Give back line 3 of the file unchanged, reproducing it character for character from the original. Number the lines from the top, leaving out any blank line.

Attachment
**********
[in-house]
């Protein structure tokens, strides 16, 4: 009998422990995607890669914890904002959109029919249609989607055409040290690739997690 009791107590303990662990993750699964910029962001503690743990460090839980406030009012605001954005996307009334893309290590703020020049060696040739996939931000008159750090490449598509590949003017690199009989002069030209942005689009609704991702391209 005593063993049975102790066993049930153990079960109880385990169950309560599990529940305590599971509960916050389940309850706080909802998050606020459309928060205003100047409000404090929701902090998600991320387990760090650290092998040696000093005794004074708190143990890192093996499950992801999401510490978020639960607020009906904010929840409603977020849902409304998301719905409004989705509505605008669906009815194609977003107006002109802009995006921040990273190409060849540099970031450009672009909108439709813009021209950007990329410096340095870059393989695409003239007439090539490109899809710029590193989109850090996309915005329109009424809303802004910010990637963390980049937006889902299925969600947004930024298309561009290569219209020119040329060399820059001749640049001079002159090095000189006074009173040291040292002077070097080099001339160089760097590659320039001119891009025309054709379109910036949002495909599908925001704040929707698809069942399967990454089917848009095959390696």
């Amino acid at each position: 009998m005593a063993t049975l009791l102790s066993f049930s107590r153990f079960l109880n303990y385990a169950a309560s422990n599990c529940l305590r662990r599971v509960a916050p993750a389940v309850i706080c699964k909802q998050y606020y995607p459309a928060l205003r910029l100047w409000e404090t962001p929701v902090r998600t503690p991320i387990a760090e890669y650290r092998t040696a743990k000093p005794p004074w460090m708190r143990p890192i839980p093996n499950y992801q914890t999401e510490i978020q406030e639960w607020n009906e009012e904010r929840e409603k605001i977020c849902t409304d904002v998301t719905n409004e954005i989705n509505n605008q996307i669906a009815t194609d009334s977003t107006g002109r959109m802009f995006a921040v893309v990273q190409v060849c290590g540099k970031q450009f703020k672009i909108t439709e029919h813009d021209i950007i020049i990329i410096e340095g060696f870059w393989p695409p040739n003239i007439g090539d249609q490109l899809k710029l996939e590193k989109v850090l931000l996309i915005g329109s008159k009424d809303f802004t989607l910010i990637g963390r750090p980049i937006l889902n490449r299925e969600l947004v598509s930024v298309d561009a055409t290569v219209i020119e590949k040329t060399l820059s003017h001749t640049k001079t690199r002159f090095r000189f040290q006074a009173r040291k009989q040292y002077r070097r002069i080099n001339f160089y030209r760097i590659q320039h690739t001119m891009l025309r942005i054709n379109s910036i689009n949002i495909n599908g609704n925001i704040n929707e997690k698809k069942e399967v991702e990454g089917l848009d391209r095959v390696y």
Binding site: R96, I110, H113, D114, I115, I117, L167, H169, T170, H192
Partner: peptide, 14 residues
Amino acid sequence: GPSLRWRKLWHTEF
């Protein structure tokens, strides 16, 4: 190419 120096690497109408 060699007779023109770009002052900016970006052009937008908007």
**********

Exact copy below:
């Amino acid at each position: 009998m005593a063993t049975l009791l102790s066993f049930s107590r153990f079960l109880n303990y385990a169950a309560s422990n599990c529940l305590r662990r599971v509960a916050p993750a389940v309850i706080c699964k909802q998050y606020y995607p459309a928060l205003r910029l100047w409000e404090t962001p929701v902090r998600t503690p991320i387990a760090e890669y650290r092998t040696a743990k000093p005794p004074w460090m708190r143990p890192i839980p093996n499950y992801q914890t999401e510490i978020q406030e639960w607020n009906e009012e904010r929840e409603k605001i977020c849902t409304d904002v998301t719905n409004e954005i989705n509505n605008q996307i669906a009815t194609d009334s977003t107006g002109r959109m802009f995006a921040v893309v990273q190409v060849c290590g540099k970031q450009f703020k672009i909108t439709e029919h813009d021209i950007i020049i990329i410096e340095g060696f870059w393989p695409p040739n003239i007439g090539d249609q490109l899809k710029l996939e590193k989109v850090l931000l996309i915005g329109s008159k009424d809303f802004t989607l910010i990637g963390r750090p980049i937006l889902n490449r299925e969600l947004v598509s930024v298309d561009a055409t290569v219209i020119e590949k040329t060399l820059s003017h001749t640049k001079t690199r002159f090095r000189f040290q006074a009173r040291k009989q040292y002077r070097r002069i080099n001339f160089y030209r760097i590659q320039h690739t001119m891009l025309r942005i054709n379109s910036i689009n949002i495909n599908g609704n925001i704040n929707e997690k698809k069942e399967v991702e990454g089917l848009d391209r095959v390696y």